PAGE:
According to Courtney Alameda, knowing her book is out in the world has a name, too: terror.
“I vacillate back and forth between sheer excitement and abject terror on a daily basis.”
Shutter is a “ghastly, gritty, gory” novel about Micheline Helsing, a girl who sees the auras of the undead in a prismatic spectrum — in other words, a tetrachromat. With the help of an analog SLR camera, Micheline exorcises ghosts by capturing their spiritual energy on film. But a powerful soulchain curse infects Micheline and her crew, putting all their lives in jeopardy.
“For Shutter, I saw this tiny girl battling a massive, ultraviolet-colored ghost with a Nikon camera . . . and the world just built itself up from there!”
One inspiration for Micheline’s camera-and-film weaponry came from “ghost-hunting shows that ‘capture’ spiritual imagery on film.” Then there was the belief that having your picture taken can steal your soul, as seen in aspects of American Indian, African, and Japanese cultures. Another was a video game Alameda played decades ago called Fatal Frame.
“[I] recalled loving it, despite the fact the camera worked magically, rather than being explained in terms of the world’s own unique mythology.”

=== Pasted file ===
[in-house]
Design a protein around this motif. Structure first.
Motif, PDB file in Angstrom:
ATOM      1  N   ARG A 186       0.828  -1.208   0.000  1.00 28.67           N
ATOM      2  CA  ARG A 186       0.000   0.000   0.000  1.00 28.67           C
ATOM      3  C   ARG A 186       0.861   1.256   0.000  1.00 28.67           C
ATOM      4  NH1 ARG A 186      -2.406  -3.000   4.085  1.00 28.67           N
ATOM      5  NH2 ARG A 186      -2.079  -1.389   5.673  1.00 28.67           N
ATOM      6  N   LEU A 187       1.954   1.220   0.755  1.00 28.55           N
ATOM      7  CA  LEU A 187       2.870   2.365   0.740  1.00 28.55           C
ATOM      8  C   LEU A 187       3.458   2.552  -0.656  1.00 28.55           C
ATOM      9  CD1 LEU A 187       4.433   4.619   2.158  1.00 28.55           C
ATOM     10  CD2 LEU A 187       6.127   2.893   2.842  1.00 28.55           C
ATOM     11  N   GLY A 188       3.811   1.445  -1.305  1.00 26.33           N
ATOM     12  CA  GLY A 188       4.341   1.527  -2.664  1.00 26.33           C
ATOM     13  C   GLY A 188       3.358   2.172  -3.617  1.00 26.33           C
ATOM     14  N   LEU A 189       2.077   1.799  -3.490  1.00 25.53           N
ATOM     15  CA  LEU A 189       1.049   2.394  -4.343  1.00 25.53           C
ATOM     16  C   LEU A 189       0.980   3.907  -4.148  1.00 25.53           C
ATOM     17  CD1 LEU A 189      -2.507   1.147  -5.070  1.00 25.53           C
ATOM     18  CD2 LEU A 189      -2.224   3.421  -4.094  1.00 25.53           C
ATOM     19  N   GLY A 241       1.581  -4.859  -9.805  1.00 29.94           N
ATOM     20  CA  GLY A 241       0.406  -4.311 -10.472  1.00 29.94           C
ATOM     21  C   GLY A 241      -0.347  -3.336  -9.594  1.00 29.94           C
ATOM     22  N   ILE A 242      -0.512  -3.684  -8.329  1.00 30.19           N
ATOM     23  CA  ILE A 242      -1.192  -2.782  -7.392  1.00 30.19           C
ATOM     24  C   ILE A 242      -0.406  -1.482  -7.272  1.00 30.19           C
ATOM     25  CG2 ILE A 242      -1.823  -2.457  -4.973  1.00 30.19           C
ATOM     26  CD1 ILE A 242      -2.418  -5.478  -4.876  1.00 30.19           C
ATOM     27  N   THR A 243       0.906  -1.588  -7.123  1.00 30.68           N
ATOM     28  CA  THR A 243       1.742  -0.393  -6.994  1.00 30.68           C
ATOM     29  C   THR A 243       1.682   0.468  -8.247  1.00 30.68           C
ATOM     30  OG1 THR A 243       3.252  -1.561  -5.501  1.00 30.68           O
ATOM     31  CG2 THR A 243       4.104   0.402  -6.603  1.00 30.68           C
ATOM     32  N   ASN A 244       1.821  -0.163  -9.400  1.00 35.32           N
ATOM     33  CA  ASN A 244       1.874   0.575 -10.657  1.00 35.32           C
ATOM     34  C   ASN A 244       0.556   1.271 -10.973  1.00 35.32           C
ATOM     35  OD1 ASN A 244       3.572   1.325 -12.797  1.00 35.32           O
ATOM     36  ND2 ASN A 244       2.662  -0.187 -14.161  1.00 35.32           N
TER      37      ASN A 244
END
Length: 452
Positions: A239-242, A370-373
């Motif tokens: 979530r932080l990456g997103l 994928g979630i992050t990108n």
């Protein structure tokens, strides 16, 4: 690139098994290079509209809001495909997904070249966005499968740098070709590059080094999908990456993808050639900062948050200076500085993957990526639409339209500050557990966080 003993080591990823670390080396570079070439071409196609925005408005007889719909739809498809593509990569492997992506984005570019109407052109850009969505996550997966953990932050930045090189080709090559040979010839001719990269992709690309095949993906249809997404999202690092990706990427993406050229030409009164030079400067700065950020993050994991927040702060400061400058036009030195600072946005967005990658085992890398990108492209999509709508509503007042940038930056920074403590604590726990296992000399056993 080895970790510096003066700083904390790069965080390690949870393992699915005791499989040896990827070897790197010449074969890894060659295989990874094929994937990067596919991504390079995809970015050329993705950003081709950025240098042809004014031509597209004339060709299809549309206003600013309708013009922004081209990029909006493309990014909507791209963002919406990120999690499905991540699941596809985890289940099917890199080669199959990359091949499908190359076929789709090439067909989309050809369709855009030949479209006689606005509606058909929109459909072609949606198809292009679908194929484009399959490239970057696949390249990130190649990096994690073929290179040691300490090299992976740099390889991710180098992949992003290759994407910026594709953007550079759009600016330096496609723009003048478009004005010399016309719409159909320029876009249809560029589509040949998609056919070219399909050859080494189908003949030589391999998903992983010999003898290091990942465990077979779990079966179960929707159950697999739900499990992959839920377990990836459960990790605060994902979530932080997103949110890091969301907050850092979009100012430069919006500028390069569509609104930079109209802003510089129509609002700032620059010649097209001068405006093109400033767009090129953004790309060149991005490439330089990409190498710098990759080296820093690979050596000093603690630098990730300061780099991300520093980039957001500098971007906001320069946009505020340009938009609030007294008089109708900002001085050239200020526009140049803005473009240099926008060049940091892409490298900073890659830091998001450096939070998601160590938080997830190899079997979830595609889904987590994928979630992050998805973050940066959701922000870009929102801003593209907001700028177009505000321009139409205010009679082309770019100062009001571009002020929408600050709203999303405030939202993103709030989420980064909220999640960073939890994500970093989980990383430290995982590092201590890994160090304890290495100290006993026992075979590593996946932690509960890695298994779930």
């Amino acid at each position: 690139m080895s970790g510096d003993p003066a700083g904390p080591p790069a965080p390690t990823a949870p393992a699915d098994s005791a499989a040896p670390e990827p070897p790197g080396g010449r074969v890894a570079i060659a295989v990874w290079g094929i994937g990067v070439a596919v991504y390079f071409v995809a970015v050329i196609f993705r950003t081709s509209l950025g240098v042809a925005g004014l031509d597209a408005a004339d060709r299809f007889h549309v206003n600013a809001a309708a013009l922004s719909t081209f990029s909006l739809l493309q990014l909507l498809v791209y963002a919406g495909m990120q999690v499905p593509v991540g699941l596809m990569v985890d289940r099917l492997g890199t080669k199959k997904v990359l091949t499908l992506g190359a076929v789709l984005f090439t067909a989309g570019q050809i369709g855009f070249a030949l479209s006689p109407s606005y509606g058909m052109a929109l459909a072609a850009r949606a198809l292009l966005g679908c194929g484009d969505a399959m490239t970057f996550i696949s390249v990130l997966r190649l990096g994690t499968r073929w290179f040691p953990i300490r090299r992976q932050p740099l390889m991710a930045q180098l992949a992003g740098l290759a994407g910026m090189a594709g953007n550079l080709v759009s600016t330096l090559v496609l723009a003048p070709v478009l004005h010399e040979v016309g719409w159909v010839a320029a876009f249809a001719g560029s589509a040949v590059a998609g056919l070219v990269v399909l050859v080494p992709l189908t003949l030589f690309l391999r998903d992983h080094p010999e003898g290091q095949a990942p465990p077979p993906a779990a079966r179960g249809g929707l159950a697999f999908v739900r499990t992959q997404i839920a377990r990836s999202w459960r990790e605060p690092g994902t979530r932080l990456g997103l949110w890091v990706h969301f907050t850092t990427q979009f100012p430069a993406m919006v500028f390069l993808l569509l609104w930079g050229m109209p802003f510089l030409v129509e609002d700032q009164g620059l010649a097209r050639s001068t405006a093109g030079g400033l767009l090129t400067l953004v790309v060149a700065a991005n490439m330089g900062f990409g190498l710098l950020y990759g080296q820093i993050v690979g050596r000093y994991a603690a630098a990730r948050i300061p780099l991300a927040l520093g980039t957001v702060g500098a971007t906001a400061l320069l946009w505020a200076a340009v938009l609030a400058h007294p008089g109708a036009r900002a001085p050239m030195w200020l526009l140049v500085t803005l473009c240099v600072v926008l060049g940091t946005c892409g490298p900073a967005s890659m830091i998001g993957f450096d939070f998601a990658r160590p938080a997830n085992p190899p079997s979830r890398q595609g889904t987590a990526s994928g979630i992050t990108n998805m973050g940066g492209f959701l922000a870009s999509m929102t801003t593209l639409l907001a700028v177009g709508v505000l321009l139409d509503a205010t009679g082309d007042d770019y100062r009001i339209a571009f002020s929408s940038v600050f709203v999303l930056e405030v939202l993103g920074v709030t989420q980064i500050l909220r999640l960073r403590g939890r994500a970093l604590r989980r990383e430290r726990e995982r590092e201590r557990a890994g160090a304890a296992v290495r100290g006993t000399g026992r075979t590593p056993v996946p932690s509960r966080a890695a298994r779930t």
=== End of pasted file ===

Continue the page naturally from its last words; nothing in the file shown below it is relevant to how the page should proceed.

Video games have always been a part of Alameda’s love of horror, ever since playing Resident Evil as a child.
“I played almost every installment in the series, and I feel that Shutter is very much inspired by the games in terms of plot structure and the ‘boss-style’ battles between Micheline and the ghost in the novel,” said Alameda.
The 2015 debut YA author also loves reading horror novels. “A lot of literary godparents” and horror authors like Stephen King, Michael Crichton and Anne Rice inspired her. One of Alameda’s first favorite horror novels was Dracula, so it came as no surprise to her when her main character’s last name turned out to be Helsing.
“[I write horror] for several reasons, but mostly because I find the struggle between good and evil compelling — who doesn’t? — as well as what that struggle teaches us about overcoming our own personal demons.”
And Shutter has plenty of demons to go around. Alameda prefers supernatural killers, like the necros in her novel, over masked killers. “They provide a wider range of murderous options for a storyteller to work with!”
Wondering how can teens relate to a horror novel, especially one with supernatural elements? Alameda believes horror novels teach teens about survival.
“I think helping teens to understand life’s horrors are survivable — even if survival requires garnering a few battle scars — is important. After all, that’s what Stephen King’s work taught me as a teen.”